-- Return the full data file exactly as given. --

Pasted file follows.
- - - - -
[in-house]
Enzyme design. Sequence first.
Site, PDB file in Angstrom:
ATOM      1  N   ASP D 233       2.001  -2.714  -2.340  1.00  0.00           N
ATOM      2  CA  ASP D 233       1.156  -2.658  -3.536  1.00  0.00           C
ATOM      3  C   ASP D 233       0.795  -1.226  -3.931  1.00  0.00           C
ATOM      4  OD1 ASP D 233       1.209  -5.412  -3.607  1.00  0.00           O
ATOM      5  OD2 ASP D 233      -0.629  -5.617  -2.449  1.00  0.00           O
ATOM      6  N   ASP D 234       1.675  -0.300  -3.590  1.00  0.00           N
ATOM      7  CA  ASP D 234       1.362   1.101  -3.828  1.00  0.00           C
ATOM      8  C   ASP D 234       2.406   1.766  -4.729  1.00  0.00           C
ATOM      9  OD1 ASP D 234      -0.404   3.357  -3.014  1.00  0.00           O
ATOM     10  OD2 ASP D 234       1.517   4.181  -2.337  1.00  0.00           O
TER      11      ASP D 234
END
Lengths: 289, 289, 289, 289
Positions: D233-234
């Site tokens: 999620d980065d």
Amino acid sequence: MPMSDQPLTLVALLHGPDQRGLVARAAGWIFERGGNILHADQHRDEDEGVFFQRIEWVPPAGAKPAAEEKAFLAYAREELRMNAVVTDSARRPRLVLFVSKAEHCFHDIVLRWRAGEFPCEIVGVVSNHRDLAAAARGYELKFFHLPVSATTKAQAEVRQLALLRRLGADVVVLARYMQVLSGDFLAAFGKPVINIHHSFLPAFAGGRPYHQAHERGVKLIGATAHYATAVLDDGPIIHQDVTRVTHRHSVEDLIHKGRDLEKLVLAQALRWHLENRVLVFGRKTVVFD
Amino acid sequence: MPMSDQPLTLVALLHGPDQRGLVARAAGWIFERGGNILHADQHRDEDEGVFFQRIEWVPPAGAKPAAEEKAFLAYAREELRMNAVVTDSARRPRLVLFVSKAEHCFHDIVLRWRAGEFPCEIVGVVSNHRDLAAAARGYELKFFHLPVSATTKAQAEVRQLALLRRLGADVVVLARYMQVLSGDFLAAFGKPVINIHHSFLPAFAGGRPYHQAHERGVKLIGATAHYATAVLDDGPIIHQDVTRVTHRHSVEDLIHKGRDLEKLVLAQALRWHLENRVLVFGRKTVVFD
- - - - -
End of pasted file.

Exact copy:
[in-house]
Enzyme design. Sequence first.
Site, PDB file in Angstrom:
ATOM      1  N   ASP D 233       2.001  -2.714  -2.340  1.00  0.00           N
ATOM      2  CA  ASP D 233       1.156  -2.658  -3.536  1.00  0.00           C
ATOM      3  C   ASP D 233       0.795  -1.226  -3.931  1.00  0.00           C
ATOM      4  OD1 ASP D 233       1.209  -5.412  -3.607  1.00  0.00           O
ATOM      5  OD2 ASP D 233      -0.629  -5.617  -2.449  1.00  0.00           O
ATOM      6  N   ASP D 234       1.675  -0.300  -3.590  1.00  0.00           N
ATOM      7  CA  ASP D 234       1.362   1.101  -3.828  1.00  0.00           C
ATOM      8  C   ASP D 234       2.406   1.766  -4.729  1.00  0.00           C
ATOM      9  OD1 ASP D 234      -0.404   3.357  -3.014  1.00  0.00           O
ATOM     10  OD2 ASP D 234       1.517   4.181  -2.337  1.00  0.00           O
TER      11      ASP D 234
END
Lengths: 289, 289, 289, 289
Positions: D233-234
């Site tokens: 999620d980065d």
Amino acid sequence: MPMSDQPLTLVALLHGPDQRGLVARAAGWIFERGGNILHADQHRDEDEGVFFQRIEWVPPAGAKPAAEEKAFLAYAREELRMNAVVTDSARRPRLVLFVSKAEHCFHDIVLRWRAGEFPCEIVGVVSNHRDLAAAARGYELKFFHLPVSATTKAQAEVRQLALLRRLGADVVVLARYMQVLSGDFLAAFGKPVINIHHSFLPAFAGGRPYHQAHERGVKLIGATAHYATAVLDDGPIIHQDVTRVTHRHSVEDLIHKGRDLEKLVLAQALRWHLENRVLVFGRKTVVFD
Amino acid sequence: MPMSDQPLTLVALLHGPDQRGLVARAAGWIFERGGNILHADQHRDEDEGVFFQRIEWVPPAGAKPAAEEKAFLAYAREELRMNAVVTDSARRPRLVLFVSKAEHCFHDIVLRWRAGEFPCEIVGVVSNHRDLAAAARGYELKFFHLPVSATTKAQAEVRQLALLRRLGADVVVLARYMQVLSGDFLAAFGKPVINIHHSFLPAFAGGRPYHQAHERGVKLIGATAHYATAVLDDGPIIHQDVTRVTHRHSVEDLIHKGRDLEKLVLAQALRWHLENRVLVFGRKTVVFD